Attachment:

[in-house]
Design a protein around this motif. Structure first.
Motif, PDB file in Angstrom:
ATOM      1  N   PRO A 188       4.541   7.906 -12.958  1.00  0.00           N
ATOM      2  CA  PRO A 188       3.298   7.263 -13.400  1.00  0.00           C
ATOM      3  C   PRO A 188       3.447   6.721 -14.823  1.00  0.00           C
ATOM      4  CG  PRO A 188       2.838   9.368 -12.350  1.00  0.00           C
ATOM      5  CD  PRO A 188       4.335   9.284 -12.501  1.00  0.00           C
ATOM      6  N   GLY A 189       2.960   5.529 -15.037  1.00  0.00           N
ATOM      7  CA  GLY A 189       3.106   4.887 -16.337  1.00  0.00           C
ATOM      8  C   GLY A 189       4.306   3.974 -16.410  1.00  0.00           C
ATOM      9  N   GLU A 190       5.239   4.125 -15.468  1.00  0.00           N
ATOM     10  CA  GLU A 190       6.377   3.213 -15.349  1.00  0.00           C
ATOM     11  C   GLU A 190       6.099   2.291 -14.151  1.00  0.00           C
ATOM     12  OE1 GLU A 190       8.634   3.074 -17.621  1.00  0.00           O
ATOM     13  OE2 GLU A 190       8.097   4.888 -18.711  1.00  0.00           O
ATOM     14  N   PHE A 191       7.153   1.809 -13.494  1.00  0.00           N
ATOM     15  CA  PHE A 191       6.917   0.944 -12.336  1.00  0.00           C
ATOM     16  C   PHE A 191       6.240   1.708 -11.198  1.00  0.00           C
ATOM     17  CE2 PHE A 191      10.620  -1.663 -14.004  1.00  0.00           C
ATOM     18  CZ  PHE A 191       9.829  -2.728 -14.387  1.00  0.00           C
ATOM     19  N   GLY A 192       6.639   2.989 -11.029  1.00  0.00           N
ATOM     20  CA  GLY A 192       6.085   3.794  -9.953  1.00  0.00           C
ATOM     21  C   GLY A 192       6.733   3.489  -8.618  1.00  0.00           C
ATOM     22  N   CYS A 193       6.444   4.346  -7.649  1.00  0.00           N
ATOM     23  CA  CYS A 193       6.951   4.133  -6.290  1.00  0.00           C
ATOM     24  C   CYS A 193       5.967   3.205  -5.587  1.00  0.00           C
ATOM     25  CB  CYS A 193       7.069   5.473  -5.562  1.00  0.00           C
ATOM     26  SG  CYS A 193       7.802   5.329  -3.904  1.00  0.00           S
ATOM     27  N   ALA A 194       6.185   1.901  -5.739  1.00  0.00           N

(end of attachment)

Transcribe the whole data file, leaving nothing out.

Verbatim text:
[in-house]
Design a protein around this motif. Structure first.
Motif, PDB file in Angstrom:
ATOM      1  N   PRO A 188       4.541   7.906 -12.958  1.00  0.00           N
ATOM      2  CA  PRO A 188       3.298   7.263 -13.400  1.00  0.00           C
ATOM      3  C   PRO A 188       3.447   6.721 -14.823  1.00  0.00           C
ATOM      4  CG  PRO A 188       2.838   9.368 -12.350  1.00  0.00           C
ATOM      5  CD  PRO A 188       4.335   9.284 -12.501  1.00  0.00           C
ATOM      6  N   GLY A 189       2.960   5.529 -15.037  1.00  0.00           N
ATOM      7  CA  GLY A 189       3.106   4.887 -16.337  1.00  0.00           C
ATOM      8  C   GLY A 189       4.306   3.974 -16.410  1.00  0.00           C
ATOM      9  N   GLU A 190       5.239   4.125 -15.468  1.00  0.00           N
ATOM     10  CA  GLU A 190       6.377   3.213 -15.349  1.00  0.00           C
ATOM     11  C   GLU A 190       6.099   2.291 -14.151  1.00  0.00           C
ATOM     12  OE1 GLU A 190       8.634   3.074 -17.621  1.00  0.00           O
ATOM     13  OE2 GLU A 190       8.097   4.888 -18.711  1.00  0.00           O
ATOM     14  N   PHE A 191       7.153   1.809 -13.494  1.00  0.00           N
ATOM     15  CA  PHE A 191       6.917   0.944 -12.336  1.00  0.00           C
ATOM     16  C   PHE A 191       6.240   1.708 -11.198  1.00  0.00           C
ATOM     17  CE2 PHE A 191      10.620  -1.663 -14.004  1.00  0.00           C
ATOM     18  CZ  PHE A 191       9.829  -2.728 -14.387  1.00  0.00           C
ATOM     19  N   GLY A 192       6.639   2.989 -11.029  1.00  0.00           N
ATOM     20  CA  GLY A 192       6.085   3.794  -9.953  1.00  0.00           C
ATOM     21  C   GLY A 192       6.733   3.489  -8.618  1.00  0.00           C
ATOM     22  N   CYS A 193       6.444   4.346  -7.649  1.00  0.00           N
ATOM     23  CA  CYS A 193       6.951   4.133  -6.290  1.00  0.00           C
ATOM     24  C   CYS A 193       5.967   3.205  -5.587  1.00  0.00           C
ATOM     25  CB  CYS A 193       7.069   5.473  -5.562  1.00  0.00           C
ATOM     26  SG  CYS A 193       7.802   5.329  -3.904  1.00  0.00           S
ATOM     27  N   ALA A 194       6.185   1.901  -5.739  1.00  0.00           N